I Want Out

Album: Ones and Zeros (2014)


  • The first single from Young Guns third album, this was recorded in Bath, England with producer Steve Osborne (U2, Joy Division). The tune was debuted on BBC Radio 1 by Zane Lowe as the DJ's 'Hottest Record in the World' on August 7, 2014.
  • The song's music video was directed by Drew Cox. "With this being the video for our first new song, we wanted to have some fun and shoot something a little different and trippy and slightly unconventional for a rock video," vocalist Gustav Wood told Billboard magazine. "The director, Drew Cox, was totally on board and we had a lot of fun using projections and playing with video screens. It's got a great energy to it and we're really stoked with the results."
  • Frontman Gustav Wood told the story of the song to Kerrang!: "With the way the melody works, the first hit of the chorus had to be in a statement – it had to be something that feels good when I'm shouting it as loud as I can.

    The first thing that came into my head was 'I want out,' and often the first thing that comes in is the best.

    I had this line in my head for ages about how temporary and transient everything has a tendency of being, 'All we are is leaves in the wind.' Now, I sing the song, and to me it's about how finite life is. You have to enjoy every moment so if you're not happy with something, change it."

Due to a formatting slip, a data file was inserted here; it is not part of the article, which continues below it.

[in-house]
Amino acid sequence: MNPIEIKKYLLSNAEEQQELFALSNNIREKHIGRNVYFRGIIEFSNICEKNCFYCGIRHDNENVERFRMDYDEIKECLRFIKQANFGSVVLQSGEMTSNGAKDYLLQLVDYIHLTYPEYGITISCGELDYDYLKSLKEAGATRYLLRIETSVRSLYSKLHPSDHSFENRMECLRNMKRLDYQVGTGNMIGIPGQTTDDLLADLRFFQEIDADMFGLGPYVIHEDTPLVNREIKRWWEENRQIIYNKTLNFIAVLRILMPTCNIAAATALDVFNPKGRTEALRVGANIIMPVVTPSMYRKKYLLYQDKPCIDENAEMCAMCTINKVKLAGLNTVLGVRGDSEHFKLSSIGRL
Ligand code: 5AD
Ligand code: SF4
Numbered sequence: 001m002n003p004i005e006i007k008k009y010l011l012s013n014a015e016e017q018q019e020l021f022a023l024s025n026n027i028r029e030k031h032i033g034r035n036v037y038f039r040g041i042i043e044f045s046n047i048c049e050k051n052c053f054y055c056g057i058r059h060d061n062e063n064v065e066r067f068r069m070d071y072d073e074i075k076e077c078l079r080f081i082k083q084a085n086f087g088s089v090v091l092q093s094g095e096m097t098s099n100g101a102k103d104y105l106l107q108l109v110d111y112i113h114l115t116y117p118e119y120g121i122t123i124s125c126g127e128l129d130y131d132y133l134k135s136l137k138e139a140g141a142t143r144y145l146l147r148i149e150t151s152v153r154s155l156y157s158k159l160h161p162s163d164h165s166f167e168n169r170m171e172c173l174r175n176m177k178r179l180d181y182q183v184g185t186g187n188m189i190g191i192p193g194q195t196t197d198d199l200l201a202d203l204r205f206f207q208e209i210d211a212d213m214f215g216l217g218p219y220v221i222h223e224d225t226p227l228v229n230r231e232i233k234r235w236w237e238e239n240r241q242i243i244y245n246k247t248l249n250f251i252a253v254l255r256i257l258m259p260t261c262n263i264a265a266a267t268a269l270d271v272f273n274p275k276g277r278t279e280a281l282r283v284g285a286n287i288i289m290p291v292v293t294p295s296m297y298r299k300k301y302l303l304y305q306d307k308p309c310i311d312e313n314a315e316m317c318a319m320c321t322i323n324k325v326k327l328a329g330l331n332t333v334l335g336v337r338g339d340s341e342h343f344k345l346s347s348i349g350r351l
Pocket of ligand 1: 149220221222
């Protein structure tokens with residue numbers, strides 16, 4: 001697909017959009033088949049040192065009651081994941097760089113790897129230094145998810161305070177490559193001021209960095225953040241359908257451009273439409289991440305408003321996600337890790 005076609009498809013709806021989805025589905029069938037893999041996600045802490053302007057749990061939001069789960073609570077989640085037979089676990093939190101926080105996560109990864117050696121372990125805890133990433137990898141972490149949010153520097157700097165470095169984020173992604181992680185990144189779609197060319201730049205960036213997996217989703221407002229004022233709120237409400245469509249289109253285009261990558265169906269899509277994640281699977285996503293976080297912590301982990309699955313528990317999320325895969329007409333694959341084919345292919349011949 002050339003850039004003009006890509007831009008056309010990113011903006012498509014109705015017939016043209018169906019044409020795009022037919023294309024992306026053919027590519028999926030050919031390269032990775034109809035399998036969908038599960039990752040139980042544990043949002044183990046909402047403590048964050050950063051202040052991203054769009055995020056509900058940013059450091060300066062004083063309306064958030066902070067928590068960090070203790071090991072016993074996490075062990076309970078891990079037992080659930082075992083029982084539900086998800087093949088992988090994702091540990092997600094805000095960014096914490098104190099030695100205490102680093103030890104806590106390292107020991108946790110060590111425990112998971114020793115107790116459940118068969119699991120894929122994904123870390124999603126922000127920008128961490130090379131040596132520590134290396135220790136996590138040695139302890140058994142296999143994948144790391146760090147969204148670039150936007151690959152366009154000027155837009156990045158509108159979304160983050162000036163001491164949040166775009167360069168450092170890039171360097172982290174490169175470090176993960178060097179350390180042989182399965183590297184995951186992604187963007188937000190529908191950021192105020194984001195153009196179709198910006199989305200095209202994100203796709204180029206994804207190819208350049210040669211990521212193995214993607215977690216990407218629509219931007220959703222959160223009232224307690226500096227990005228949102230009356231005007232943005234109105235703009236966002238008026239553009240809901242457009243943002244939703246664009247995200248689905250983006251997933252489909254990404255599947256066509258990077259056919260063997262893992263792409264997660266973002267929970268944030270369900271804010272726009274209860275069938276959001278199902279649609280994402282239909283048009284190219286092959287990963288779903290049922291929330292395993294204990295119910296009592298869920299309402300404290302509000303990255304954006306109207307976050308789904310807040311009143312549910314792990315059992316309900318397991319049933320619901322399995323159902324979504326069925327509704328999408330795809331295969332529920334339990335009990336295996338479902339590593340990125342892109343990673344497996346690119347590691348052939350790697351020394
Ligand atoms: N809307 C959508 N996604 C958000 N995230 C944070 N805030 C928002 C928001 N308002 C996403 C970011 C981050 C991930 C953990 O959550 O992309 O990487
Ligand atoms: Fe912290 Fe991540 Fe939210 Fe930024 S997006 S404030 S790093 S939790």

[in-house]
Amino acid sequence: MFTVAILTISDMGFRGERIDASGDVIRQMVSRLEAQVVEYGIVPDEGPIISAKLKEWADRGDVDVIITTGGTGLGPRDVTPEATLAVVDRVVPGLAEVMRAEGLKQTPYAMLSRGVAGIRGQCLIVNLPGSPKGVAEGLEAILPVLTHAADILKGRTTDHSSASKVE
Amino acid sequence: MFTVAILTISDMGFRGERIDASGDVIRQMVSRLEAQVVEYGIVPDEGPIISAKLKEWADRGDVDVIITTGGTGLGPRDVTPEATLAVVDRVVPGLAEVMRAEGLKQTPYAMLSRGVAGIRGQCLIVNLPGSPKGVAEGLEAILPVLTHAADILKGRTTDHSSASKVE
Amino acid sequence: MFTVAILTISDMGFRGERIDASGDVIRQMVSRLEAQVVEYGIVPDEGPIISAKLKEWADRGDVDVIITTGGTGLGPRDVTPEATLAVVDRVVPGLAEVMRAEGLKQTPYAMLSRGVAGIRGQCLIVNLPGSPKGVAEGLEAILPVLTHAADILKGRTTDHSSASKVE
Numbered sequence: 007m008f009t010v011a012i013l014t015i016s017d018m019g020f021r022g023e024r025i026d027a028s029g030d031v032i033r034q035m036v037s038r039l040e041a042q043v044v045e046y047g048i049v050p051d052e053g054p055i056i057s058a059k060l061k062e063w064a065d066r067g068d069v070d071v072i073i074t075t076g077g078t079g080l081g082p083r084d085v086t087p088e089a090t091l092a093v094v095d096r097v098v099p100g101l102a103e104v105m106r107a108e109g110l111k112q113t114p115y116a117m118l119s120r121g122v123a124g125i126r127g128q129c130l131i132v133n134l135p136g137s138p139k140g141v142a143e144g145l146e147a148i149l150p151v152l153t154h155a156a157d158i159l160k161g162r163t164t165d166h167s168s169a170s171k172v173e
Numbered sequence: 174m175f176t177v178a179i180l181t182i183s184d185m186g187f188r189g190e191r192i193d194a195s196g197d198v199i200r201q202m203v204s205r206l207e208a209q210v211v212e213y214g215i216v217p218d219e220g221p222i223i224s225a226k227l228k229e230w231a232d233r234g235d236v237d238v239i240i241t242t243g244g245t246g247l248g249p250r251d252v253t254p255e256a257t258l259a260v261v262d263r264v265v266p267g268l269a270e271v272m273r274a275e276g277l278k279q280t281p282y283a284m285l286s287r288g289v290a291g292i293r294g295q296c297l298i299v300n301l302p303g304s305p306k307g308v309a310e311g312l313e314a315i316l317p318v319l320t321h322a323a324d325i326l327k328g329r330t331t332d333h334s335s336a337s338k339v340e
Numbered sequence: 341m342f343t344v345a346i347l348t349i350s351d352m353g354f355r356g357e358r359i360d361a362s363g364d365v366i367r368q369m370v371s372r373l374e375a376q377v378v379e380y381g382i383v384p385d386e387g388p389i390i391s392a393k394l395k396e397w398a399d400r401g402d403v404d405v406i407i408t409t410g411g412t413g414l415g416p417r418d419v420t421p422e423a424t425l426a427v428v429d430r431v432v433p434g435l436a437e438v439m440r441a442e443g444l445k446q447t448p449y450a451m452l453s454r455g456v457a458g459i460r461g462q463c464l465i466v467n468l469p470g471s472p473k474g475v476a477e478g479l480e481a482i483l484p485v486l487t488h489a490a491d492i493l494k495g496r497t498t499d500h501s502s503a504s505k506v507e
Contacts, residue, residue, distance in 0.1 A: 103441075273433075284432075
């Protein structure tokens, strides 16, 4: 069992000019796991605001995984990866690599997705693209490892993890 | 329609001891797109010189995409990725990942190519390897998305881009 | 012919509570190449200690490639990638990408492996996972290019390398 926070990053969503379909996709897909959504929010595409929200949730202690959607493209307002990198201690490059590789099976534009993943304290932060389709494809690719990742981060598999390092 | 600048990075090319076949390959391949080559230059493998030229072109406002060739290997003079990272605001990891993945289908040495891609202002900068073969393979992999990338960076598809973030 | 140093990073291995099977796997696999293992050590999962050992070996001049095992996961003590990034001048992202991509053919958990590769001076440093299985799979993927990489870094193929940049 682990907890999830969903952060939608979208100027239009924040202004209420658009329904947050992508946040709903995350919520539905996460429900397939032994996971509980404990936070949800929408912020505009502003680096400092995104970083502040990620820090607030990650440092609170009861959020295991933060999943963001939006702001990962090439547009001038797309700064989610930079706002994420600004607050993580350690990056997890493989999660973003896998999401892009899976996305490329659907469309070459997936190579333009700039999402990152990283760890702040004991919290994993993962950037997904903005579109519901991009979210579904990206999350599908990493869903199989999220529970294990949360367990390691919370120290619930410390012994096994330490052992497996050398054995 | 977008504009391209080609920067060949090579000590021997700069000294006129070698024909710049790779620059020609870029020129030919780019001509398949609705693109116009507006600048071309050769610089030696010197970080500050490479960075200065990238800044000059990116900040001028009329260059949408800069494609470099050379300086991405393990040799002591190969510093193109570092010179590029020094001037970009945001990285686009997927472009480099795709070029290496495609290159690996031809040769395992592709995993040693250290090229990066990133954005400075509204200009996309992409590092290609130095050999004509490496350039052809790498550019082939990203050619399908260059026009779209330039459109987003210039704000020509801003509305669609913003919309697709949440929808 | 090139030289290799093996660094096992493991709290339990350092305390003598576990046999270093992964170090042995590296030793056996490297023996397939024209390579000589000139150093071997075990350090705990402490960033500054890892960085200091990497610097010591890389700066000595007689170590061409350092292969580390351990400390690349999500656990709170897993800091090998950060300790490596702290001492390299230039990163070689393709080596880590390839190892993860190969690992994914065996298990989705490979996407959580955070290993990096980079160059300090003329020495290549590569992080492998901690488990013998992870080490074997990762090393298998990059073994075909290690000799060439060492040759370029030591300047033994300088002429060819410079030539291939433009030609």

• The lyric, "All we are is pressed against the glass" was inspired by the iconic video for Alanis Morissette's "Ironic," where the singer is in the car and driving through the snow. Wood explained: "I had this vision of being in a car, and it's all fogged up, and someone writing 'I want out' on the window in the fog."
  • The "Rage against the dying light" lyric is the opening line of the Dylan Thomas poem Do Not Go Gentle Into That Good Night. Gustav Wood said: "I've wanted to put it in a song for ages – you have to be a magpie and collect little bits and pieces. And that's really important, because if you sit down to write a song and you've got nothing in the bank, that's a really difficult place to be."

    Originally published in the journal Botteghe Oscure in 1951, Do Not Go Gentle Into That Good Night's connotation with death and endings has been much used in film and television.

    The "rage against the dying light" line was previously used by Garbage in their 2012 track "Big Bright World."


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